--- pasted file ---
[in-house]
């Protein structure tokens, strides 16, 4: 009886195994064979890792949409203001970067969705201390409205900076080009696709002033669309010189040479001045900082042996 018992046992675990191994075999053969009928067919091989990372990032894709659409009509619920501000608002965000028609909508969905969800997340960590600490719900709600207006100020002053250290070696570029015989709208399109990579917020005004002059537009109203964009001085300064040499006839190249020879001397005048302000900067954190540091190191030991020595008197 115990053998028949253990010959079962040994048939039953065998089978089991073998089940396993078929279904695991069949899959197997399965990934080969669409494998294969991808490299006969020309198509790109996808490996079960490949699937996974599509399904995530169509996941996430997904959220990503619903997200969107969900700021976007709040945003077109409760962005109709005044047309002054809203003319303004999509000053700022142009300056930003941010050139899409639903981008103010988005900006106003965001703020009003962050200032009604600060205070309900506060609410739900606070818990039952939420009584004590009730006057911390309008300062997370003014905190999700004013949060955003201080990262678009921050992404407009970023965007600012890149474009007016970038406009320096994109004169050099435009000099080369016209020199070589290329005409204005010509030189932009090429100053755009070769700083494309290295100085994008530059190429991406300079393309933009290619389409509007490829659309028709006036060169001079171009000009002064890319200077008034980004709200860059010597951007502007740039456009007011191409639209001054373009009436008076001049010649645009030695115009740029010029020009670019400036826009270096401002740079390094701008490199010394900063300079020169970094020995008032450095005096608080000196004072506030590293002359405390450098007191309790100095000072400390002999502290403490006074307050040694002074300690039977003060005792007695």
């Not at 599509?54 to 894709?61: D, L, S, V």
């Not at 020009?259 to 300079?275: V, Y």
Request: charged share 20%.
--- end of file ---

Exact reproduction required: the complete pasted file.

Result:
[in-house]
């Protein structure tokens, strides 16, 4: 009886195994064979890792949409203001970067969705201390409205900076080009696709002033669309010189040479001045900082042996 018992046992675990191994075999053969009928067919091989990372990032894709659409009509619920501000608002965000028609909508969905969800997340960590600490719900709600207006100020002053250290070696570029015989709208399109990579917020005004002059537009109203964009001085300064040499006839190249020879001397005048302000900067954190540091190191030991020595008197 115990053998028949253990010959079962040994048939039953065998089978089991073998089940396993078929279904695991069949899959197997399965990934080969669409494998294969991808490299006969020309198509790109996808490996079960490949699937996974599509399904995530169509996941996430997904959220990503619903997200969107969900700021976007709040945003077109409760962005109709005044047309002054809203003319303004999509000053700022142009300056930003941010050139899409639903981008103010988005900006106003965001703020009003962050200032009604600060205070309900506060609410739900606070818990039952939420009584004590009730006057911390309008300062997370003014905190999700004013949060955003201080990262678009921050992404407009970023965007600012890149474009007016970038406009320096994109004169050099435009000099080369016209020199070589290329005409204005010509030189932009090429100053755009070769700083494309290295100085994008530059190429991406300079393309933009290619389409509007490829659309028709006036060169001079171009000009002064890319200077008034980004709200860059010597951007502007740039456009007011191409639209001054373009009436008076001049010649645009030695115009740029010029020009670019400036826009270096401002740079390094701008490199010394900063300079020169970094020995008032450095005096608080000196004072506030590293002359405390450098007191309790100095000072400390002999502290403490006074307050040694002074300690039977003060005792007695």
């Not at 599509?54 to 894709?61: D, L, S, V």
């Not at 020009?259 to 300079?275: V, Y």
Request: charged share 20%.